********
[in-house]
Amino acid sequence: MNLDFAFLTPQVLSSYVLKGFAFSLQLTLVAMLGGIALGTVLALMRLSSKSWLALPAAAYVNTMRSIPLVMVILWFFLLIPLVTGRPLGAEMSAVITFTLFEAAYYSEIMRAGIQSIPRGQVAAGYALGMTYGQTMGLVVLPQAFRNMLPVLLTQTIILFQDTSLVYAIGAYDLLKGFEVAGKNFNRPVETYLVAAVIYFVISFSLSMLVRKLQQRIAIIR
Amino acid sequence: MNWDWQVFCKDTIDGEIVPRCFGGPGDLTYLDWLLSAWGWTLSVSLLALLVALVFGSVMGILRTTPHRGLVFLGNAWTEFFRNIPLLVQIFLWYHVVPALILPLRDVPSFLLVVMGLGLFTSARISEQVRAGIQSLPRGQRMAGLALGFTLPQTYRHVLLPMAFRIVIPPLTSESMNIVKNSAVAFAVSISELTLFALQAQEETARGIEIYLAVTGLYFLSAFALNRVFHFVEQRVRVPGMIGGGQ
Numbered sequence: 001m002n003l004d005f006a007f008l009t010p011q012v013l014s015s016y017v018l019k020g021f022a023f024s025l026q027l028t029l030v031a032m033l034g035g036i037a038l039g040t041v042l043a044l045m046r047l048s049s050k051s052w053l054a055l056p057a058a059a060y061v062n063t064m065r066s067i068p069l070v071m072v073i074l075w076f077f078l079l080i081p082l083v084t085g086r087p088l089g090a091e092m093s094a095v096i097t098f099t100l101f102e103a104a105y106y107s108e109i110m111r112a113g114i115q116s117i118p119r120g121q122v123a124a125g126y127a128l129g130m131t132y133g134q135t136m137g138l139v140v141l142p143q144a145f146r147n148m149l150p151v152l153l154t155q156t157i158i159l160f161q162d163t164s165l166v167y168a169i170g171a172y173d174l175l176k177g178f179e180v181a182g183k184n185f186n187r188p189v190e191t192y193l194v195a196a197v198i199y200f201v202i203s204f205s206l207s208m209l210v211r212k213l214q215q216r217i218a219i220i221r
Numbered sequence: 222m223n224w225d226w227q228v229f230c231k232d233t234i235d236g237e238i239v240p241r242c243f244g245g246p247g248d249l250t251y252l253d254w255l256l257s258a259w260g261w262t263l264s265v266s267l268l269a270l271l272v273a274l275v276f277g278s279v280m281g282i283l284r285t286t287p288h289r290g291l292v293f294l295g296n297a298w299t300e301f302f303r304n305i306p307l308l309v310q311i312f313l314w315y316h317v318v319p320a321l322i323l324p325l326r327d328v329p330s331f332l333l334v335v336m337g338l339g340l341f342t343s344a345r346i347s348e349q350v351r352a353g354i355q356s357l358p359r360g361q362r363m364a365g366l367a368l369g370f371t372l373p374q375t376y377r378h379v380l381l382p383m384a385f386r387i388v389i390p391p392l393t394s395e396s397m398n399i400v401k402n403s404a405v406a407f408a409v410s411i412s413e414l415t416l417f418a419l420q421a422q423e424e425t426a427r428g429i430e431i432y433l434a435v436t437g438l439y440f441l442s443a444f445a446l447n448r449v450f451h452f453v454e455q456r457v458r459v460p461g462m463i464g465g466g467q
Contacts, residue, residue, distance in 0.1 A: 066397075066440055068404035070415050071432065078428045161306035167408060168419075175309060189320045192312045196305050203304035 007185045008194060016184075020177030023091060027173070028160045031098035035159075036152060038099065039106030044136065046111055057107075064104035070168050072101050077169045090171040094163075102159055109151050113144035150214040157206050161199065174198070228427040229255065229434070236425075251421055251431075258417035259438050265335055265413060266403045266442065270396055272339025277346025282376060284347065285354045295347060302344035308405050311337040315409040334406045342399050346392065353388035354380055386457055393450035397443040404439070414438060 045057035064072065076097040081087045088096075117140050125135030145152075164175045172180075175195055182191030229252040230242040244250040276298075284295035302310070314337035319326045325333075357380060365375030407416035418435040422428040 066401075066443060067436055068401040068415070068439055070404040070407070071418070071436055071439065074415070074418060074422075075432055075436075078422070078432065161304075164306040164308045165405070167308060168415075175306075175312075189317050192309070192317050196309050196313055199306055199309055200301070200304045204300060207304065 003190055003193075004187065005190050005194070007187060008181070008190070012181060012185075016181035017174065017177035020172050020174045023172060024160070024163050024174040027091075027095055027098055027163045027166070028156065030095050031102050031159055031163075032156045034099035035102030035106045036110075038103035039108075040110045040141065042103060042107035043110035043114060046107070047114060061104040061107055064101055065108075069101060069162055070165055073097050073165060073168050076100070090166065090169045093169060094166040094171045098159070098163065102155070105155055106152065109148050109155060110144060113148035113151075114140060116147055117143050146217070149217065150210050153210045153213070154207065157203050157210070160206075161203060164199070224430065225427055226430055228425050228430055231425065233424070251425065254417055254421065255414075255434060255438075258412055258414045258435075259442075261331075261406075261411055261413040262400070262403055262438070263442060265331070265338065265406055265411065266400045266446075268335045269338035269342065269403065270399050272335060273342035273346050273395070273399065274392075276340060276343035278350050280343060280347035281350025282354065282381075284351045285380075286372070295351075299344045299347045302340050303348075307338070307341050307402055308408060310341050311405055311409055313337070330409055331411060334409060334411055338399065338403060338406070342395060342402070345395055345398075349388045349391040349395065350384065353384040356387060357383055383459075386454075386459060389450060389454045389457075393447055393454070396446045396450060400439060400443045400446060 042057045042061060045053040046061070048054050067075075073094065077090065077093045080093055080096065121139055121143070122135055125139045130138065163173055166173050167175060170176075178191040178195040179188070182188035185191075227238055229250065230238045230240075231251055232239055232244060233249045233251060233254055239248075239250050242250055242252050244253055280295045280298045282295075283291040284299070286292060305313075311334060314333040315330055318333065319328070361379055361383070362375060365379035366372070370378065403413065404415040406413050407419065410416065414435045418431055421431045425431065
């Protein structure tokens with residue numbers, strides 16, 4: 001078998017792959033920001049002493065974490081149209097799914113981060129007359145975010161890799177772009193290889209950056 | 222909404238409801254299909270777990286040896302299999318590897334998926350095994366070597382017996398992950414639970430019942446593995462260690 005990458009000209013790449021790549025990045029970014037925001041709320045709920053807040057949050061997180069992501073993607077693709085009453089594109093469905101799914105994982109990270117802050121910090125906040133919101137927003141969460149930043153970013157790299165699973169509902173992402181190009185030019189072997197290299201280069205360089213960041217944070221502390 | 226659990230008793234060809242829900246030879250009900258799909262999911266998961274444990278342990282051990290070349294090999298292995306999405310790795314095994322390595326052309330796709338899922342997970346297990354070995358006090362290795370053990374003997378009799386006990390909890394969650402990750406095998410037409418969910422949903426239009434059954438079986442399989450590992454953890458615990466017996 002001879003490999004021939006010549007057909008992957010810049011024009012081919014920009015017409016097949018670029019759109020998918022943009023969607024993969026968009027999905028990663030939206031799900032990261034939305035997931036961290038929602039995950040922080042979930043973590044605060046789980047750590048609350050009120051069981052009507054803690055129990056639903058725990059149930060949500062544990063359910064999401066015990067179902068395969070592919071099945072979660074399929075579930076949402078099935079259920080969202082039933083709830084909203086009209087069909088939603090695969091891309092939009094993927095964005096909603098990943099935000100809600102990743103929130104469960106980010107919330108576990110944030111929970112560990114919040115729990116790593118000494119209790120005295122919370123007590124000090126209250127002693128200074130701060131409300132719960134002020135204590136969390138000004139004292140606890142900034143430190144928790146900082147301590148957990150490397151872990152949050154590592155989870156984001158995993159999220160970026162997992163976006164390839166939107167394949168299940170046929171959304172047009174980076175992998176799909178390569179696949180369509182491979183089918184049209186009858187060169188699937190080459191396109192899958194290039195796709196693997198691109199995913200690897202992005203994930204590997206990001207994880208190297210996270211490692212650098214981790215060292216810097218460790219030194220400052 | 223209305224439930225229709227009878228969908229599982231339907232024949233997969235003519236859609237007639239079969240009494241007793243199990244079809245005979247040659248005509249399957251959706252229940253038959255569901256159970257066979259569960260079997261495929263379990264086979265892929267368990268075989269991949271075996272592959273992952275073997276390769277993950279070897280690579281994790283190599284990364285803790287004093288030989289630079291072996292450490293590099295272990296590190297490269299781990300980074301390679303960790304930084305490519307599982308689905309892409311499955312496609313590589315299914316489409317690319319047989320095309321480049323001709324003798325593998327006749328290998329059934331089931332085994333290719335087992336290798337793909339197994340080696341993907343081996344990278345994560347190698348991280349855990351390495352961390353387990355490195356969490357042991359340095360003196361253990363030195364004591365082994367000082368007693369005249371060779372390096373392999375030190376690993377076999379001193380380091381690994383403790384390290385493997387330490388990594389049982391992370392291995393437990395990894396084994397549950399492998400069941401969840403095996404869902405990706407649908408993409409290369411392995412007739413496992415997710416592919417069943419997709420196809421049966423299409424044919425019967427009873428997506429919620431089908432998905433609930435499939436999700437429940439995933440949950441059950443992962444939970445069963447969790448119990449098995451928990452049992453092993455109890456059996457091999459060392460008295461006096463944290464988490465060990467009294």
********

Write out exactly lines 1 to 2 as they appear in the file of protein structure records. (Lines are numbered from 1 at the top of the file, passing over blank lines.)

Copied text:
[in-house]
Amino acid sequence: MNLDFAFLTPQVLSSYVLKGFAFSLQLTLVAMLGGIALGTVLALMRLSSKSWLALPAAAYVNTMRSIPLVMVILWFFLLIPLVTGRPLGAEMSAVITFTLFEAAYYSEIMRAGIQSIPRGQVAAGYALGMTYGQTMGLVVLPQAFRNMLPVLLTQTIILFQDTSLVYAIGAYDLLKGFEVAGKNFNRPVETYLVAAVIYFVISFSLSMLVRKLQQRIAIIR